Terrafugia’s parent company, Zhejiang Geely, has transferred work on its Transition flying car to China. The move, which happened barely a month after the FAA issued a light sport certificate of airworthiness for the vehicle, has resulted in up to 100 job losses at its U.S. operation in Woburn, Massachusetts.
A spokesman for Terrafugia confirmed to FutureFlight that the Geely group—which is a major automotive group that owns international car brands including Volvo and Lotus—now intends to seek certification by the Civil Aviation Administration of China. He said that Terrafugia will retain the U.S. operation with a reduced team focusing on “aviation-related business opportunities."
Just over a year ago, in January 2020, Geely made an internal announcement about plans for an eVTOL aircraft called the TF-2A. The four-seat design has been projected to have a range of 185 miles, a 1,200-pound payload, and a maximum speed of 144 mph.
This appears to be based on an earlier, and larger TF-2 design that Terrafugia had been working on until the program was scrapped in mid-2018. However, it remains unclear how much progress the Chinese parent company may have made with the TF-2A and whether it intends to continue the project.
The two-seat Transition is now approved for flight mode in the U.S. and the manufacturer last month indicated that it intended to complete the approval process for road use in 2022. That plan, at least for the U.S. market, would now appear to be in doubt, even though Terrafugia had taken provisional orders from customers eager to use it in flight-only mode from airfields in the interim.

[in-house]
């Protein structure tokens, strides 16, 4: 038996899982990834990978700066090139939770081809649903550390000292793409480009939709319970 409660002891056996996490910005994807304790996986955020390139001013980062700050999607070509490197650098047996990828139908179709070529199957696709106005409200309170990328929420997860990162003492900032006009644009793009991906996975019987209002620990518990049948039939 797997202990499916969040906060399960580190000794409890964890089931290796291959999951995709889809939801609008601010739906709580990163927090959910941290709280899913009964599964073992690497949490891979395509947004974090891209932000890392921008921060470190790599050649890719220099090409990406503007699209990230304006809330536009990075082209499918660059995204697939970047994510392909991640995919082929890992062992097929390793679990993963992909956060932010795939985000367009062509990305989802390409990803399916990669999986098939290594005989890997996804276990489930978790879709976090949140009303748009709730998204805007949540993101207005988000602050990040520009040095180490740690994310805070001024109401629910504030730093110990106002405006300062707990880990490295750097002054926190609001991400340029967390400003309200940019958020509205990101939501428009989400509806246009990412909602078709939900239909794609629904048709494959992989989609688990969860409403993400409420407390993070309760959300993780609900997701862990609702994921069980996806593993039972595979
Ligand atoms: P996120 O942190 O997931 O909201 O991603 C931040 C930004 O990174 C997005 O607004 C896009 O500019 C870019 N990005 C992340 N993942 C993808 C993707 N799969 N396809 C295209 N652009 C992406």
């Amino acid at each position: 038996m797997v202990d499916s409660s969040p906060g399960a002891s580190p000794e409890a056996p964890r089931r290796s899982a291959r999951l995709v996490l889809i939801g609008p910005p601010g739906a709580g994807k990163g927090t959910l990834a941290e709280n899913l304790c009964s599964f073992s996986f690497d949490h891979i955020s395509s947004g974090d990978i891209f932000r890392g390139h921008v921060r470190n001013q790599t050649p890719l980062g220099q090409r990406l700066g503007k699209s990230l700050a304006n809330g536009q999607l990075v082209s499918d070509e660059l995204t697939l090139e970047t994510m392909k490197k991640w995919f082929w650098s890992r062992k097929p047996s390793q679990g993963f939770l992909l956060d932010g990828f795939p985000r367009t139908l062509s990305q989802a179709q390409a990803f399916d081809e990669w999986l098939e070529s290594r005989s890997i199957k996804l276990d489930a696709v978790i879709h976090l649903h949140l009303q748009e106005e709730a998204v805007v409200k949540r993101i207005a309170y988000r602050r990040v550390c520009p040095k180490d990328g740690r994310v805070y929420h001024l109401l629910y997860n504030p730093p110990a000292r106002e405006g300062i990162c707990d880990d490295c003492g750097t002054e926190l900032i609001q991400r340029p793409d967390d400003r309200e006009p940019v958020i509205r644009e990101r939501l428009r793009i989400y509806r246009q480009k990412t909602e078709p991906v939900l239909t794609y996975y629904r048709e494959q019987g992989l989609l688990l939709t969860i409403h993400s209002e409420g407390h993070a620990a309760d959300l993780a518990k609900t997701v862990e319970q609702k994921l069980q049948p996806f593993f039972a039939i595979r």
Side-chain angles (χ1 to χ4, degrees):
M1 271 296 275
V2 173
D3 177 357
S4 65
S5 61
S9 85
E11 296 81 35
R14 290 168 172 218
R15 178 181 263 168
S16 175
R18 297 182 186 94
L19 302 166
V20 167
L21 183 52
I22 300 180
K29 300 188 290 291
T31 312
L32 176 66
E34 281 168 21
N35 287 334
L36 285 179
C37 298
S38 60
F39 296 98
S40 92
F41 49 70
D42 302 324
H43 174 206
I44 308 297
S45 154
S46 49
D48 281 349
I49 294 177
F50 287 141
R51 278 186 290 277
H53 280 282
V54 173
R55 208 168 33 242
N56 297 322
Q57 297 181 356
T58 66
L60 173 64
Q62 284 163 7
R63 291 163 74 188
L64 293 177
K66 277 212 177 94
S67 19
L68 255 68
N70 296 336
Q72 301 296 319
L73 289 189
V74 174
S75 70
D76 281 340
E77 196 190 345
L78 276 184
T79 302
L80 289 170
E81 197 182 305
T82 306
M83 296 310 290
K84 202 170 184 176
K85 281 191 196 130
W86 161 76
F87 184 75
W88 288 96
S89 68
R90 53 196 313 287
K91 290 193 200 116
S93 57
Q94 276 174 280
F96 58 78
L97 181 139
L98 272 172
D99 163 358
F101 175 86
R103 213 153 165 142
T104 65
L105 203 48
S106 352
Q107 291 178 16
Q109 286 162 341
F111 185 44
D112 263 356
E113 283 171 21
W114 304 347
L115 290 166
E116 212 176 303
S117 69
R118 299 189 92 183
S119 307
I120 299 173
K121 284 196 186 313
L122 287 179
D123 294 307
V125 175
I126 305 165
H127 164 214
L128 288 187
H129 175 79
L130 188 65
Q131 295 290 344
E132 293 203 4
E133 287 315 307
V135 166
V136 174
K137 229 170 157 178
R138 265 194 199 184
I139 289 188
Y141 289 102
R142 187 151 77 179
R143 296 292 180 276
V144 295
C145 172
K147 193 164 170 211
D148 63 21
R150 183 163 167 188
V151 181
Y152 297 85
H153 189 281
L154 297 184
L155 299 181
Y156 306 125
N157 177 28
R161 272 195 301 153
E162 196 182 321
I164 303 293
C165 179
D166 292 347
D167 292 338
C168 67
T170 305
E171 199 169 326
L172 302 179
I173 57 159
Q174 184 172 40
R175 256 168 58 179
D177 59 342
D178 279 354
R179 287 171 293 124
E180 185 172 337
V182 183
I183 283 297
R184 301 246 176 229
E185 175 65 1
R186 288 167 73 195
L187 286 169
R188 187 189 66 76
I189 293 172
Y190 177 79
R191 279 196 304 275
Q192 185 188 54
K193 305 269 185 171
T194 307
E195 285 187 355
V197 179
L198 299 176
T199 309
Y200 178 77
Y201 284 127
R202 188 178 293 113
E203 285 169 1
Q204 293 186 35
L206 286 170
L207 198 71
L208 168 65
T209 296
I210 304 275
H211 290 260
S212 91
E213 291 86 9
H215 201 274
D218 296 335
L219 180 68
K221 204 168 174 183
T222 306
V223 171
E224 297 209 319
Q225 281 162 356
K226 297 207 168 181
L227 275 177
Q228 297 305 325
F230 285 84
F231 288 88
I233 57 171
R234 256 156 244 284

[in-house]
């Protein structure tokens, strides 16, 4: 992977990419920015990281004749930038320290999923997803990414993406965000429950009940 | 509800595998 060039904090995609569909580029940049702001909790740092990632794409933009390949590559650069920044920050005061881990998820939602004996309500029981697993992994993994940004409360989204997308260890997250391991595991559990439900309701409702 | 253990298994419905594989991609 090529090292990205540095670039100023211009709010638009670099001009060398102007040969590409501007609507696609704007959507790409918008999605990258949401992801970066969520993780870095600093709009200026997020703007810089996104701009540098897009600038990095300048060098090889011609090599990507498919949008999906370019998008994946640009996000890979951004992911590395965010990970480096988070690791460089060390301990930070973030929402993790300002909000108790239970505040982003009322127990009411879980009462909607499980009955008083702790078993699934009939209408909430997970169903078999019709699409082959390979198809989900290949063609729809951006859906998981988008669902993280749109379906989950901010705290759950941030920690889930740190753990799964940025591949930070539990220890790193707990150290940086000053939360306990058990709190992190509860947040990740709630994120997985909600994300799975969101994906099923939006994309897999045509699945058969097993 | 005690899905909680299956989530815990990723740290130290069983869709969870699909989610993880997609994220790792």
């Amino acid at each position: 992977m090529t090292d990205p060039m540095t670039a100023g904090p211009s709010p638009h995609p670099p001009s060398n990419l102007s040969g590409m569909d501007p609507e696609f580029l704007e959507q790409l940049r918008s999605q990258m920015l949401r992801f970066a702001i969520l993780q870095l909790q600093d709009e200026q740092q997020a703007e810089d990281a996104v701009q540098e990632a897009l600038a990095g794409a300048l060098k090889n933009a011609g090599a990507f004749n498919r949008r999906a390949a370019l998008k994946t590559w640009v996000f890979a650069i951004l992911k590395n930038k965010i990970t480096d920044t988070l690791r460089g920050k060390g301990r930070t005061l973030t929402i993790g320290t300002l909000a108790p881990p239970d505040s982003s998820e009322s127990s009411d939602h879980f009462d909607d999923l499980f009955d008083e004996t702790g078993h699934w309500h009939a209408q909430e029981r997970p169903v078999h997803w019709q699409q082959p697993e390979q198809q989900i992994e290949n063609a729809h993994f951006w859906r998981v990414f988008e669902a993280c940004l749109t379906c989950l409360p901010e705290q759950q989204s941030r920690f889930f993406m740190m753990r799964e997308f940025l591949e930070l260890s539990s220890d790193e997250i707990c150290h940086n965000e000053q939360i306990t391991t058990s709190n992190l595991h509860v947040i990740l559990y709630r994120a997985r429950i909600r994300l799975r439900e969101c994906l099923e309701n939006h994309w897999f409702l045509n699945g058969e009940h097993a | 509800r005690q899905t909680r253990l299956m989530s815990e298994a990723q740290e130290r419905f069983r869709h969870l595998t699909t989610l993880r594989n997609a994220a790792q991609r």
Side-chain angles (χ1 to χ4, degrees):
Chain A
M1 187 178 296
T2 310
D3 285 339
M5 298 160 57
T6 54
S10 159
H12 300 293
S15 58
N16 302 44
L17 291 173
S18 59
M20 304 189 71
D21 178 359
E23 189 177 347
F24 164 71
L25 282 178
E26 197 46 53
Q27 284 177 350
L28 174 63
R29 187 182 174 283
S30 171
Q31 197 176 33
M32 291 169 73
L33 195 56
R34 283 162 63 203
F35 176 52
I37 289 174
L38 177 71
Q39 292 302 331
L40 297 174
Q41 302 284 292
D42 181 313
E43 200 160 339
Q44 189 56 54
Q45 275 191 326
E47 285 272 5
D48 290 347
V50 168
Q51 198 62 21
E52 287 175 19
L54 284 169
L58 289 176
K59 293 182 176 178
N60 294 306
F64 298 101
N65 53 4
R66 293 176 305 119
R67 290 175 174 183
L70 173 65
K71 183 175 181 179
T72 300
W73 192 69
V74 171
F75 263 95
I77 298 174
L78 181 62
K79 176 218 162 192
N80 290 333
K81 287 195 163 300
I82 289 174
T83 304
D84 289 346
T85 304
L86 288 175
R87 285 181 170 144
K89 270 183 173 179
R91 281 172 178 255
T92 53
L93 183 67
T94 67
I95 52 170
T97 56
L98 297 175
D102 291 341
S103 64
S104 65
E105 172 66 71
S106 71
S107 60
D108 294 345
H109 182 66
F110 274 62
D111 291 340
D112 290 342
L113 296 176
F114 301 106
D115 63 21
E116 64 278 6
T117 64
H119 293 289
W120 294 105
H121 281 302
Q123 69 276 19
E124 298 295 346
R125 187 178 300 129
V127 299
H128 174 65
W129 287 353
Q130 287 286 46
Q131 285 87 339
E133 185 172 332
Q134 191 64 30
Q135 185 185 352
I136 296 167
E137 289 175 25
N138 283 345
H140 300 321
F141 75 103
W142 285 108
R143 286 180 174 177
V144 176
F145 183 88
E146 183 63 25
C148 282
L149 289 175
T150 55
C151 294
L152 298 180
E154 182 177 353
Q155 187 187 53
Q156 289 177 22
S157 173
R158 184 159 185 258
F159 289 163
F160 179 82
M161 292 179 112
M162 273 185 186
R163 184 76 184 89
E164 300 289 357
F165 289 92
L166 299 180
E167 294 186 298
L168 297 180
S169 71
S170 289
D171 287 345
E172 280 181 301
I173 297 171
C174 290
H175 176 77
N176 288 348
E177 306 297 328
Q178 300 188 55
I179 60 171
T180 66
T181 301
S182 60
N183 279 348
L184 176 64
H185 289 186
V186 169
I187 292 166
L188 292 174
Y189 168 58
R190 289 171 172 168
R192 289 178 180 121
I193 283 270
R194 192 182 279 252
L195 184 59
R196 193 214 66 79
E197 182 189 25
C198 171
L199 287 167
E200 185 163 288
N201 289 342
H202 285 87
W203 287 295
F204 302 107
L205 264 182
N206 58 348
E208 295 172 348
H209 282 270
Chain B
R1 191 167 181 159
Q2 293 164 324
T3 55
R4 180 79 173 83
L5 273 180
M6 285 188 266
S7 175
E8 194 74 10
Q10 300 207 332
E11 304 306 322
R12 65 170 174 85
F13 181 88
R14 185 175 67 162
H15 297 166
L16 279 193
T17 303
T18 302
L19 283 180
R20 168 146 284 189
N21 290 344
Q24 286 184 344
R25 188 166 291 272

Terrafugia was founded back in 2006 by a group of graduates from the Massachusetts Institute of Technology, including CEO Carl Dietrich. In November 2017, Geely agreed to acquire the company and at the time said it would support its plans to develop the TF-2 eVTOL model. Dietrich left the company in April 2019 and in January 2020 formed Jump Aero, which is developing an eVTOL aircraft specifically developed for emergency medical support services.
In 2020 Geely formed an autonomous vehicles subsidiary called Aerofugia after acquiring a drone-manufacturing company called AOSSCI, which is based in Chengdu, China. According to Chinese media reports, the group has merged Terrafugia into Aerofugia.
Geely is also a significant investor in German eVTOL aircraft developer Volocopter. In 2019, Volocopter indicated that it plans to start a joint venture with Geely to advance urban air mobility plans in China. Speaking at the Mobile World Conference in Shanghai on February 24, Aerofugia's CEO Jing Chao referred to his company's involvement in this plan, without specifying when exactly it may be implemented.
[This story was updated on February 24 to include new information about Zhejiang Geely's autonomous vehicle subsidiary Aerofugia].